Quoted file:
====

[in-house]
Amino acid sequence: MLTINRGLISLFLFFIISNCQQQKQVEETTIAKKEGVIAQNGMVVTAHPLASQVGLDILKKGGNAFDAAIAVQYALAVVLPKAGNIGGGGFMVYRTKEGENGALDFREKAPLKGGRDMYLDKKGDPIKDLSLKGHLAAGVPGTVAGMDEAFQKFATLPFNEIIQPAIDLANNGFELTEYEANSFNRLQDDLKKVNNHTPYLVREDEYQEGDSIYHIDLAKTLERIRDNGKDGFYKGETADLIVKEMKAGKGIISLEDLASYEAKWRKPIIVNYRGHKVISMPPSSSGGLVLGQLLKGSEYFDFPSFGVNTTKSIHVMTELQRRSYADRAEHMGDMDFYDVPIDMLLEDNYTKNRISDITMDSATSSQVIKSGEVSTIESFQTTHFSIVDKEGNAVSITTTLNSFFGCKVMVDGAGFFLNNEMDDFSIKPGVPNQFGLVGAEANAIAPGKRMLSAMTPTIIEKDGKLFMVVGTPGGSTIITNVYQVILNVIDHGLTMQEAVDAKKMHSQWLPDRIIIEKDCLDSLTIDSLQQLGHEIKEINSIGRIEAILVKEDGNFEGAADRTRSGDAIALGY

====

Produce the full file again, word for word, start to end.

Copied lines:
[in-house]
Amino acid sequence: MLTINRGLISLFLFFIISNCQQQKQVEETTIAKKEGVIAQNGMVVTAHPLASQVGLDILKKGGNAFDAAIAVQYALAVVLPKAGNIGGGGFMVYRTKEGENGALDFREKAPLKGGRDMYLDKKGDPIKDLSLKGHLAAGVPGTVAGMDEAFQKFATLPFNEIIQPAIDLANNGFELTEYEANSFNRLQDDLKKVNNHTPYLVREDEYQEGDSIYHIDLAKTLERIRDNGKDGFYKGETADLIVKEMKAGKGIISLEDLASYEAKWRKPIIVNYRGHKVISMPPSSSGGLVLGQLLKGSEYFDFPSFGVNTTKSIHVMTELQRRSYADRAEHMGDMDFYDVPIDMLLEDNYTKNRISDITMDSATSSQVIKSGEVSTIESFQTTHFSIVDKEGNAVSITTTLNSFFGCKVMVDGAGFFLNNEMDDFSIKPGVPNQFGLVGAEANAIAPGKRMLSAMTPTIIEKDGKLFMVVGTPGGSTIITNVYQVILNVIDHGLTMQEAVDAKKMHSQWLPDRIIIEKDCLDSLTIDSLQQLGHEIKEINSIGRIEAILVKEDGNFEGAADRTRSGDAIALGY